How To Win The College World Series 0

June 13 2014 Page 1 graphic HRs1Last 3 National Champions Post 30-0 Playoff Record

By LOU PAVLOVICH, JR.
Editor/Collegiate Baseball

OMAHA, Neb. — Analyzing how national champions have won the College World Series the past three years is a fascinating study. 

Only three home runs were hit in 14 games at the 2013 College World Series.

It marked the lowest home run total since 1966 – some 47 years ago when only two home runs were hit in 15 games.

And in the previous two years, only nine were hit over 14 games in 2011 while 10 were belted in 15 games in 2012.

Never in College World Series history have you had a 3-year stretch that demanded such incredible pitching to win it all.

Collegiate Baseball was intrigued at how the past three national champions have not only rolled through the College World Series with perfect 5-0 records, but each of these teams went 10-0 in Regional, Super Regional and CWS games.

UCLA and South Carolina utilized pitching in the traditional sense as they used a great starter, a setup man and a closer.

Arizona, out of necessity, had their starters try to finish games. Wildcat pitchers threw eight complete games in their final 19 contests and became the first national champion in 56 years to have every starting pitcher come close to throwing complete games at the CWS.

During the entire 2012 NCAA tournament (regional, super regional and CWS games combined – 10 games), Arizona’s three starting pitchers averaged 8.48 innings per start.

Collegiate Baseball contacted the three head coaches who led their teams to national championships the last three years in Ray Tanner (South Carolina), Andy Lopez (Arizona) and John Savage (UCLA).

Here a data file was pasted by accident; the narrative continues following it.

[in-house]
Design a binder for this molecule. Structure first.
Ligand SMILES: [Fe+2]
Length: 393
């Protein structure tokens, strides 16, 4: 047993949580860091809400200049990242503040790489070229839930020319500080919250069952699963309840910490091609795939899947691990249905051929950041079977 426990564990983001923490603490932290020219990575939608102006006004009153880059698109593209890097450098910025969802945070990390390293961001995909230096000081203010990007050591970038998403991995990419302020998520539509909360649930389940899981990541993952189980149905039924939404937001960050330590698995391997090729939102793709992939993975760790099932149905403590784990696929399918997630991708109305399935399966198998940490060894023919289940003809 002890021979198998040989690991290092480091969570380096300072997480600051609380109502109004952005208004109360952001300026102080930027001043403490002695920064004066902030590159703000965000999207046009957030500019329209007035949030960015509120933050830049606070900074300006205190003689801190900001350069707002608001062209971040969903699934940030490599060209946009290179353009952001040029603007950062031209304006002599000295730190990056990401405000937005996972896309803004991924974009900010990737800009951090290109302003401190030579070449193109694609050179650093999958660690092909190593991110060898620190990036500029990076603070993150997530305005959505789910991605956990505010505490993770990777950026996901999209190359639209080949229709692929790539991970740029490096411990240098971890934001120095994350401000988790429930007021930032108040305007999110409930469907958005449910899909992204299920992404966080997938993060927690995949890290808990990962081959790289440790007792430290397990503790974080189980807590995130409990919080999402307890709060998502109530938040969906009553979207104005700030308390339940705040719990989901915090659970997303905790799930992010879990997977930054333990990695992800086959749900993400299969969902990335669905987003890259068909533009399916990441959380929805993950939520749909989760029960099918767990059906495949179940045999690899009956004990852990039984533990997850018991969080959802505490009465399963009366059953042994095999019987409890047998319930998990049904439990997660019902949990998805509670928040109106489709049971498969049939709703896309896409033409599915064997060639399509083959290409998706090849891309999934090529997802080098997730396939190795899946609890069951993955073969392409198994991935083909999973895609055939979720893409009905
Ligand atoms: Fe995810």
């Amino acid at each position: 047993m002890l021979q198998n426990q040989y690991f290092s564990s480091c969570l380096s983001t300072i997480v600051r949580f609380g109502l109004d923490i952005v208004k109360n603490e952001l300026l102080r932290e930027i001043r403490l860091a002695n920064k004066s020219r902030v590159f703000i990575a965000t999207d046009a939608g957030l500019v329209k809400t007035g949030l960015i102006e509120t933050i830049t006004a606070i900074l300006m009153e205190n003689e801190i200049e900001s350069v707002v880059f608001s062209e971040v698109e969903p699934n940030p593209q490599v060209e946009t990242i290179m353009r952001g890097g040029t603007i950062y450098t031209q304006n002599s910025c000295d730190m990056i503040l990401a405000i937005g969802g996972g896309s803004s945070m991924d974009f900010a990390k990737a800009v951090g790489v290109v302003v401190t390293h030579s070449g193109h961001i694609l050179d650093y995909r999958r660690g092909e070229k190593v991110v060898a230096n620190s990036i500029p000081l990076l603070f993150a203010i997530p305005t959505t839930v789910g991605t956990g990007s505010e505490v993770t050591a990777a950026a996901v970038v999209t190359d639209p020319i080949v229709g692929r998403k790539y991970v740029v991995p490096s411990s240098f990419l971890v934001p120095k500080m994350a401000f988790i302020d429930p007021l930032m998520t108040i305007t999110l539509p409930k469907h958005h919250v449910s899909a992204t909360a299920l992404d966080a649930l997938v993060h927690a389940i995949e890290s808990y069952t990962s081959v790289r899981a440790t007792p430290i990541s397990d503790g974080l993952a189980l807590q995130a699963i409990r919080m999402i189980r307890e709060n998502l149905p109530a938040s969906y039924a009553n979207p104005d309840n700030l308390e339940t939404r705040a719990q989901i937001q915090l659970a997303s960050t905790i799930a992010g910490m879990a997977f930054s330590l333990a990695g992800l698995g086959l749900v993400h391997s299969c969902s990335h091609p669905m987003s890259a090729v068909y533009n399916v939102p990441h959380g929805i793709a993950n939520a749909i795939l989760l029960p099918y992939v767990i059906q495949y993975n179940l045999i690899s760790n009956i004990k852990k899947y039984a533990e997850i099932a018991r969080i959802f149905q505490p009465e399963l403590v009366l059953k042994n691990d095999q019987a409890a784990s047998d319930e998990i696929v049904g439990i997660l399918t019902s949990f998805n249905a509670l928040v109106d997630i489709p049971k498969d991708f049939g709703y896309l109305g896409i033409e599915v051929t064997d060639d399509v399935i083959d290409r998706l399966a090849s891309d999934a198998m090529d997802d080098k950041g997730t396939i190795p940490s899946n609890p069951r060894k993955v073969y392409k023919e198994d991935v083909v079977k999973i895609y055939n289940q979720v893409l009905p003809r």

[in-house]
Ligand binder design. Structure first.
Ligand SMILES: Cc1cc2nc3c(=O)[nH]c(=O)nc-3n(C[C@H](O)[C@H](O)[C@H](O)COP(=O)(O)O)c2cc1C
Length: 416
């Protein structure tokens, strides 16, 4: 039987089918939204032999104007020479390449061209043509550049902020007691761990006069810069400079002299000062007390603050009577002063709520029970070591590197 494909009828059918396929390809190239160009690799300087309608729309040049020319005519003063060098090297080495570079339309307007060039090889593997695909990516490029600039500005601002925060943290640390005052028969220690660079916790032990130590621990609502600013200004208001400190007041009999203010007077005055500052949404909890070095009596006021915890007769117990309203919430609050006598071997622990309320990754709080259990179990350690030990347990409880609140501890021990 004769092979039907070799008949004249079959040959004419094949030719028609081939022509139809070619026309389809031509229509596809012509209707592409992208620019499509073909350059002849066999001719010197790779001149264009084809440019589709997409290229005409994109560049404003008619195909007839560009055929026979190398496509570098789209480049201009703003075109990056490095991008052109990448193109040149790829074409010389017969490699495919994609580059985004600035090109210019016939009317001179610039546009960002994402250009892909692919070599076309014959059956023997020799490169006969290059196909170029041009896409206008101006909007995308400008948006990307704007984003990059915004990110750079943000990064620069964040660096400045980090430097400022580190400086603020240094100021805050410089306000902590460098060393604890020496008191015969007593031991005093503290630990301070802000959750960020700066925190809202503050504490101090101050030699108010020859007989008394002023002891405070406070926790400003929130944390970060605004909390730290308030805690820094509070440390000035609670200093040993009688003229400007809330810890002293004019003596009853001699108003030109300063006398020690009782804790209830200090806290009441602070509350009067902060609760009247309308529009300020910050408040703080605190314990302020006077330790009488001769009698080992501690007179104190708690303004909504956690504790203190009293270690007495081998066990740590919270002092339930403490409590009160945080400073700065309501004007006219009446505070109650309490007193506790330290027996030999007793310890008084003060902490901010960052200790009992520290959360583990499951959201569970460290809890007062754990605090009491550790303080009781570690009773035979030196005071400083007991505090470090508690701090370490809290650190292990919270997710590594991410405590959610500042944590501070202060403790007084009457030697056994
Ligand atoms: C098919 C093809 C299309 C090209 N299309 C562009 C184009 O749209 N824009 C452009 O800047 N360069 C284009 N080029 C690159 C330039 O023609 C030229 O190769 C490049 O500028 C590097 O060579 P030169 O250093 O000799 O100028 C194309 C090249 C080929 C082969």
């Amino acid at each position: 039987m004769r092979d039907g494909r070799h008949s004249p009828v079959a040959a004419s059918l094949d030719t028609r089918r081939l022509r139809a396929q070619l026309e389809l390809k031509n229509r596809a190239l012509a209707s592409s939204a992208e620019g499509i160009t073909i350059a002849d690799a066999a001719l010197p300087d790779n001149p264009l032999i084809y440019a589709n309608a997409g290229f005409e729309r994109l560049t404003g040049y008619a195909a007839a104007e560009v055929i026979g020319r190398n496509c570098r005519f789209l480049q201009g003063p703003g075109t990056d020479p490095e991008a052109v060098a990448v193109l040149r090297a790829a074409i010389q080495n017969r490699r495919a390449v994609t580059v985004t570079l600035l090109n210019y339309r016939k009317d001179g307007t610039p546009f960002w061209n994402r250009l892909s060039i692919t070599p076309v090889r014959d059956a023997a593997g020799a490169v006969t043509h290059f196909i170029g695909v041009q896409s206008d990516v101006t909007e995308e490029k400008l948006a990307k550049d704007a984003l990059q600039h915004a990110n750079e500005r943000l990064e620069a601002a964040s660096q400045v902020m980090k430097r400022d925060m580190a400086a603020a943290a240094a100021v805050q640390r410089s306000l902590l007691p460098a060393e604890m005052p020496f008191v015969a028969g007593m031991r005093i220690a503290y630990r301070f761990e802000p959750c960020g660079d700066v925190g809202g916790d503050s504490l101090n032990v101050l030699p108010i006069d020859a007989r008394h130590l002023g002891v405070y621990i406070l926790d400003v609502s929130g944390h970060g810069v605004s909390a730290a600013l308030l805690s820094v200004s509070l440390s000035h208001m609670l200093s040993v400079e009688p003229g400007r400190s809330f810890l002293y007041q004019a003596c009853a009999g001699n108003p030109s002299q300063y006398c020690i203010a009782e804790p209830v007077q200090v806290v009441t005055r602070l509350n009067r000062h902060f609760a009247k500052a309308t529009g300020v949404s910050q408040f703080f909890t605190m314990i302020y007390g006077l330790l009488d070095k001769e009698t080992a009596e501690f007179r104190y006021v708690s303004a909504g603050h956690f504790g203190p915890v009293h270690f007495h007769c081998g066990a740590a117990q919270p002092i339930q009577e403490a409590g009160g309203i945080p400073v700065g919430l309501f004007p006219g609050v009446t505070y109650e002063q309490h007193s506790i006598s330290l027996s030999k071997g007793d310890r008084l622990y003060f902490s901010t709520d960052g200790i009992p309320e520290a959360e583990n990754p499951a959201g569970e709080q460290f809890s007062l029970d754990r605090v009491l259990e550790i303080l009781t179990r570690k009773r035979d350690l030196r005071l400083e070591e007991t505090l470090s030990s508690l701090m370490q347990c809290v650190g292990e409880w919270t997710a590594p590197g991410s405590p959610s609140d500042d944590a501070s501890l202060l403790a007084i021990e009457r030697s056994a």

First, a little background on the lack of home runs is in order.

The biggest reason for the downturn has been the use of mandated BBCOR specification bats starting with the 2011 season.

Also a factor has been T.D. Ameritrade Park in downtown Omaha which has been the venue for the CWS since 2011. The park faces southeast, and the outfield is a grave yard for hard hit fly balls that rarely carry over the fence.

The facility utilized for the College World Series from 1950-2010 was Omaha’s Rosenblatt Stadium. It was a hitter’s paradise built on a large hill which faced northeast as the wind blew many balls over the fence for home runs.

The recent downturn in offense is amazing when you compare it to the amount of home runs that were hit from 2007-2010:

  • 2007: 37 homers in 15 games.
  • 2008: 38 homers in 16 games.
  • 2009: 45 homers in 15 games.
  • 2010: 32 homers in 16 games.

The most home runs ever hit during the College World Series history took place in 1998 as 62 circuit clouts were belted in 14 games by 42 different players.

College World Series batting averages have also plummeted as well as runs scored which have been the lowest in 39 years.

During the 2011 ’Series, eight teams batted .239 with 101 runs scored (average 3.6 runs per team per game).

The 2012 CWS offensive numbers were just as anemic as the batting average was .234 with only 107 runs scored (3.5 runs per team per game).

Poor offensive numbers continued in 2013 as the cumulative batting average was .237 with 86 runs being scored (3.1 runs per team per game).

The last three years, the cumulative ERAs of competing College World Series teams has been 2.66 (2011), 2.97 (2012) and 2.54 (2013) — the lowest 3-year ERA period going back to 1952 — 61 years ago.

To win the national championship the last three years, South Carolina, Arizona and UCLA have had to lean heavily on extraordinary pitching staffs and remarkable defenses.

In 2011, South Carolina went 5-0 at the College World Series as they posted a glistening 0.88 ERA.

In 2012, Arizona also went 5-0 with a pitching staff that had a 1.12 ERA.

Then last year in 2013, UCLA won its first national title in baseball, also going unbeaten at 5-0, as the Bruins posted a microscopic 0.80 team ERA and only allowed four runs. In the 67-year history of the CWS, only one national champion has given up fewer runs with California allowing three in 1957.

To read the full story, including in-depth comments by Ray Tanner (South Carolina), Andy Lopez (Arizona) and John Savage (UCLA), purchase the June 13, 2014 issue of Collegiate Baseball by CLICKING HERE.